The Resource !UNKNOWN LABEL

!UNKNOWN LABEL

Label
1865 Jan. 23
Inclusive dates
1865 Jan. 23
Creator
Subject
Genre
Language
eng
Summary
Testimony, 23 January 1865, of Lieutenant Colonel Frank G. Ruffin (1816-1892), formerly of the Confederate Bureau of Subsistence, before the Joint Select Committee of the Houses of Congress on the Means of Public Defense defending the Commissary General Lucius B. Northrop (1811-1894). Ruffin stated that the War Department, including the Secretary of War James A. Seddon (1815-1880), and President Jefferson Davis (1808-1889) obstructed or hindered the Commissary General and the Bureau of Subsistence from being able to gather necessary food supplies for the Confederate armies. He added that the Secretary and President ignored Northrop's warnings about the alarming condition of food supplies for the armies. This testimony was compiled and transcribed by Ruffin some time after the publication of volume II of THE RISE AND FALL OF THE CONFEDERATE GOVERNMENT by Jefferson Davis in 1881
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Action
  • Accessioned
  • Described
Biographical or historical data
Frank G. Ruffin was born 1 December 1816 in Woodville, Mississippi to William Hopper Ruffin and Frances Gildart Ruffin. Orphaned at a young age, he was raised by his grandfather, William Ruffin (ca. 1758-1825), in Raleigh, North Carolina. After his grandfather's death, Ruffin wasraised by an aunt and uncle in Hanover County, Virginia. After attending various schools, Ruffin entered the University of Virginia and graduated at age 16. He moved to Richmond where he studied for the bar, and was accepted to the bar in October 1838. He began practicing in King William County, Virginia, but disappointed with the law, turned to agriculture. After his marriage, Ruffin moved to Albemarle County in 1841, then to Richmond in 1853. He served as editor of the SOUTHERN PLANTER from 1851 to 1858. He also purchased an estate in Chesterfield County, Virginia. When the Civil War began, Ruffin entered Confederate service as a major in the Commissary and eventually rose to the rank of colonel. After the war, he pursued various business and agricultural interests. A Readjuster, Ruffin became disillusioned with William Mahone's (1826-1895) control of the party. Ruffin was appointed 2nd auditor of Virginia, a position he held until his death. Ruffin led efforts to improve the James River and make Richmond a major port. He married first, Cary Anne Nicholas Randolph (1820-1857), the daughter of Thomas Jefferson Randolph (1792-1875) and great-granddaugher of Thomas Jefferson (1743-1826), on 28 December 1840, and they had 9 children. He married second, Ellen Strother Harvie (ca. 1818-1899), the granddaughter of John Marshall (1755-1835). Ruffin died 5 June 1892 in Richmond, Virginia, and is buried in Hollywood cemetery.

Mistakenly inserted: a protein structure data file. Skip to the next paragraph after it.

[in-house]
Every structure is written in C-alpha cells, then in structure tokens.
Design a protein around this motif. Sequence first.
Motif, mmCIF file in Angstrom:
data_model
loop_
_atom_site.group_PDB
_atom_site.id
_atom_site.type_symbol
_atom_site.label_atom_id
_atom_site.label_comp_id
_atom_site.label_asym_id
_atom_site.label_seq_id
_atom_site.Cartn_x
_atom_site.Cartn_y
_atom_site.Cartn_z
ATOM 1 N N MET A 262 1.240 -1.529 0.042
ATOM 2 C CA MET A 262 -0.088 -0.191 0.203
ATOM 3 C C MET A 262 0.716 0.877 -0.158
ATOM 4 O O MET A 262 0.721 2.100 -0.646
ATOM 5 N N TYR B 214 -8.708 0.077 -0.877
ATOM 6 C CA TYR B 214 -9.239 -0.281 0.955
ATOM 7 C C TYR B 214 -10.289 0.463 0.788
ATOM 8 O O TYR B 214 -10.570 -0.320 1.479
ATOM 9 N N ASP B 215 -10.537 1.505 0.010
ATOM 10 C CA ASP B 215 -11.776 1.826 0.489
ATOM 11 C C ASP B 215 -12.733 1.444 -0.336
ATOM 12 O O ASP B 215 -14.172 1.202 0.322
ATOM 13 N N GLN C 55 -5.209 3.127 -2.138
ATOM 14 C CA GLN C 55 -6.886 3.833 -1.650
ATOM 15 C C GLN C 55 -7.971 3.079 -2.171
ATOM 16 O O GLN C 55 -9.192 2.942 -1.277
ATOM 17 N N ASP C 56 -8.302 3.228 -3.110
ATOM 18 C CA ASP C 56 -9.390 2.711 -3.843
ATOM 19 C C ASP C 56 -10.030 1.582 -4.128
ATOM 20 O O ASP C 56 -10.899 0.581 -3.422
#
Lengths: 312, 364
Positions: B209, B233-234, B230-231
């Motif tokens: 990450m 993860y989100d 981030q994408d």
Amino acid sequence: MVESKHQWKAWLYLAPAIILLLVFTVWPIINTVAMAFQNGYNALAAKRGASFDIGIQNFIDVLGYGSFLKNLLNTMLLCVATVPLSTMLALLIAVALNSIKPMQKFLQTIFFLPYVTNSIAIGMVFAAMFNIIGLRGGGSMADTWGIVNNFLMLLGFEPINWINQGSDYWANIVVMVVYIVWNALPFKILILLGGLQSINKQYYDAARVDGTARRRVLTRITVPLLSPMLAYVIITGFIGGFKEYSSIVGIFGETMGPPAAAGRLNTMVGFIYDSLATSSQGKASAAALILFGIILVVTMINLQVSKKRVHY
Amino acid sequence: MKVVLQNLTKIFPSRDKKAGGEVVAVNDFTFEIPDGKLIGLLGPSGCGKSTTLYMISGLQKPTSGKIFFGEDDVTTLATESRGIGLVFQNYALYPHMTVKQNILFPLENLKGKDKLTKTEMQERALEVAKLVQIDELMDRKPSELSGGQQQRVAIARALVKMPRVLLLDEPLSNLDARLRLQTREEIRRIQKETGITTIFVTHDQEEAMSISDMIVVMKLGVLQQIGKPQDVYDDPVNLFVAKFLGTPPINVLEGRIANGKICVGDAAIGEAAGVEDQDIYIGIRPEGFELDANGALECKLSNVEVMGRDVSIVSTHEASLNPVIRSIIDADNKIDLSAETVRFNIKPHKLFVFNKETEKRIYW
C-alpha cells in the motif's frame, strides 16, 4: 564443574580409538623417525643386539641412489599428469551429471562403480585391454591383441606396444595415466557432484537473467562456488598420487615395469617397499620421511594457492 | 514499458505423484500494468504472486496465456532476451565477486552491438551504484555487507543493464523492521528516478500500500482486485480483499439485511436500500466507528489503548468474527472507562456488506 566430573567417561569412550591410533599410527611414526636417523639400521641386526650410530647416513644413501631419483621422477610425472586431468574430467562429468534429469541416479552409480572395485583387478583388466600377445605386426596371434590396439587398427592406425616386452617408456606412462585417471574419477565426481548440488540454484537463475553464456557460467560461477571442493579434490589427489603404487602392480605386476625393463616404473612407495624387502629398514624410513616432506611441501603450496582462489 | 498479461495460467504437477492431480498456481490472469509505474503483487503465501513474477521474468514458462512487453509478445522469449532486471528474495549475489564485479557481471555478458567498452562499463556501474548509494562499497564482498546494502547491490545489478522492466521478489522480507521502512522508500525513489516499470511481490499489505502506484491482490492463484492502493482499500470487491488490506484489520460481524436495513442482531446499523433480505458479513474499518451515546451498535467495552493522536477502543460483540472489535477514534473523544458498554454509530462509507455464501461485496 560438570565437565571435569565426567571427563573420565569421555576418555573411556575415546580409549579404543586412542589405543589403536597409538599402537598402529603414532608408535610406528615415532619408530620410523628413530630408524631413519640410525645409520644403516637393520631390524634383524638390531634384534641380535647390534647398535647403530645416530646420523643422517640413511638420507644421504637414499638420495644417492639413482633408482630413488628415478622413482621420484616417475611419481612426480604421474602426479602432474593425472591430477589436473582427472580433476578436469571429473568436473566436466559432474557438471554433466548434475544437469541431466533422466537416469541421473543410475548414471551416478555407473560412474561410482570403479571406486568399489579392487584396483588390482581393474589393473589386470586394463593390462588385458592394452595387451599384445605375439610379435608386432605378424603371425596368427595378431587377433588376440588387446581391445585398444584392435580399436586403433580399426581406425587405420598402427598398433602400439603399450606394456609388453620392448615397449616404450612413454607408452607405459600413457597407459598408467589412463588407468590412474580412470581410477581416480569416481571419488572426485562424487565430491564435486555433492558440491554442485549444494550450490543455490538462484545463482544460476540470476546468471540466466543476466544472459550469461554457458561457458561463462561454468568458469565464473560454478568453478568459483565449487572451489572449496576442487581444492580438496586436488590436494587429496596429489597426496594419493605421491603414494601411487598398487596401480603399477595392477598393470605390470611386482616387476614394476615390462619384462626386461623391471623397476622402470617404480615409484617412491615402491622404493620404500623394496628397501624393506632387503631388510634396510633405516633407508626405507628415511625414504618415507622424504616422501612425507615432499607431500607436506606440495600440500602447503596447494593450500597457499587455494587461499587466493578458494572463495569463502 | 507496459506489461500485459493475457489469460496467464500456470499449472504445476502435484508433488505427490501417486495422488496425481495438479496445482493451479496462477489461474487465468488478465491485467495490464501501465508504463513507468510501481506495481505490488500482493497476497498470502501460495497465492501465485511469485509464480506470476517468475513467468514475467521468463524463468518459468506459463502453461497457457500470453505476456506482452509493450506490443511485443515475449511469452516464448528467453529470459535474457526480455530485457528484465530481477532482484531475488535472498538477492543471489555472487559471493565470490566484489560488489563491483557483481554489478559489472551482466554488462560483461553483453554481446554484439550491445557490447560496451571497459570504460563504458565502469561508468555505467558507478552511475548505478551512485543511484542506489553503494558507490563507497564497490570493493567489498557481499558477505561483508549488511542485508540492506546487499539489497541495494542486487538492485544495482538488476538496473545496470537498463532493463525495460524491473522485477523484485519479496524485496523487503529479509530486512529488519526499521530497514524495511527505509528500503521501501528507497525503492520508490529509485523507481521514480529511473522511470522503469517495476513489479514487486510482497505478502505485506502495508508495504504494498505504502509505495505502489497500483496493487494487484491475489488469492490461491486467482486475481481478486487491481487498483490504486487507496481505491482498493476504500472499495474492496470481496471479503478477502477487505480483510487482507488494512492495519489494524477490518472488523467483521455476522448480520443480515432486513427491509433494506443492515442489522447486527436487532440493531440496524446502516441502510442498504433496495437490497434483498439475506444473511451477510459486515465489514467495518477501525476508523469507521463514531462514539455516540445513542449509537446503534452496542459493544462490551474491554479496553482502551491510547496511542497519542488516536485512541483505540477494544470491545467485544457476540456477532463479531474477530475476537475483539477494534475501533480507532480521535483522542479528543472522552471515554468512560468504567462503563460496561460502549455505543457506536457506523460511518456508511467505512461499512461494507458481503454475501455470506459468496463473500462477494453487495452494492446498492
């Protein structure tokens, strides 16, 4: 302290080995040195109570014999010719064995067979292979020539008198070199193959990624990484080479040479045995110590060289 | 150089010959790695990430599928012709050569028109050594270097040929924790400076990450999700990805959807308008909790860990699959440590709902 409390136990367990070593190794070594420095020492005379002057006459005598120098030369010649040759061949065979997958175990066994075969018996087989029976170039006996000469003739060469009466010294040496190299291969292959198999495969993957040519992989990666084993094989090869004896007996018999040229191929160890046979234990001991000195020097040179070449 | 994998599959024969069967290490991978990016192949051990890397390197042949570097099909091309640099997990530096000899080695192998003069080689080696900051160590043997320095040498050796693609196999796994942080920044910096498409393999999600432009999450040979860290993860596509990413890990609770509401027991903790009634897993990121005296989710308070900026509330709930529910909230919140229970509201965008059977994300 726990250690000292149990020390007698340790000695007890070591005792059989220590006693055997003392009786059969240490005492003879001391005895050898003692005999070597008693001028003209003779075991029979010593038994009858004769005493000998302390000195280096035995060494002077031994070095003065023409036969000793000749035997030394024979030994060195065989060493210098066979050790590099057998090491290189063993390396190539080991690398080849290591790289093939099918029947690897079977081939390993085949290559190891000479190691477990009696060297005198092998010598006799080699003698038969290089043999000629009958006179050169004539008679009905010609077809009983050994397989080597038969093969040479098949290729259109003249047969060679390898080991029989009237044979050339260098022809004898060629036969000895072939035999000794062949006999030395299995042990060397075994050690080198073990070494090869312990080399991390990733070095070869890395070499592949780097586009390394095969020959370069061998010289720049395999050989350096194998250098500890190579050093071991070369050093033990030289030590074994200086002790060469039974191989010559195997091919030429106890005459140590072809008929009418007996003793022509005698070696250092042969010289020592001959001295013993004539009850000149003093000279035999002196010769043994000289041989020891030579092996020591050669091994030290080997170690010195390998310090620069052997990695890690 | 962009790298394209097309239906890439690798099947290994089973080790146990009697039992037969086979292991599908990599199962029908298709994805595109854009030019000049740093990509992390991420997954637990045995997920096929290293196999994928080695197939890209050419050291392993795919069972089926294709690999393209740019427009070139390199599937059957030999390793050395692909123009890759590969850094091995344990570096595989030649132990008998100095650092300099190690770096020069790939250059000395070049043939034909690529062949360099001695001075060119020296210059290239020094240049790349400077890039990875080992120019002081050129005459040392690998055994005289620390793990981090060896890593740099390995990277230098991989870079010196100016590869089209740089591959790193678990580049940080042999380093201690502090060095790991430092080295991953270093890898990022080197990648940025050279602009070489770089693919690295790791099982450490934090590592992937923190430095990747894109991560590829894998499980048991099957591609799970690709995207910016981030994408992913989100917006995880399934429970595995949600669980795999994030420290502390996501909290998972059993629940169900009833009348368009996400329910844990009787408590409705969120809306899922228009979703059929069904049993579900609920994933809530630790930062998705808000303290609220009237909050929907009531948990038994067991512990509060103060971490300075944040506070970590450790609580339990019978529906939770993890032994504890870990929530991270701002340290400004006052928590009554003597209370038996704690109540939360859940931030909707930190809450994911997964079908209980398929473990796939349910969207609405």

Cataloging source
Vi
Form designation
Testimony before the joint select committee of the houses of the Confederate Congress
Label
!UNKNOWN LABEL
http://library.link/vocab/branchCode
  • The Library of Virginia
Extent
1
Immediate source of acquisition
McIlwaine, H. R.
http://library.link/vocab/recordID
001541715
Type of unit
v. (99 leaves)

Library Locations

    • Library of VirginiaBorrow it
      800 East Broad Street, Richmond, VA, 23219, US
      37.5415632 -77.4360805
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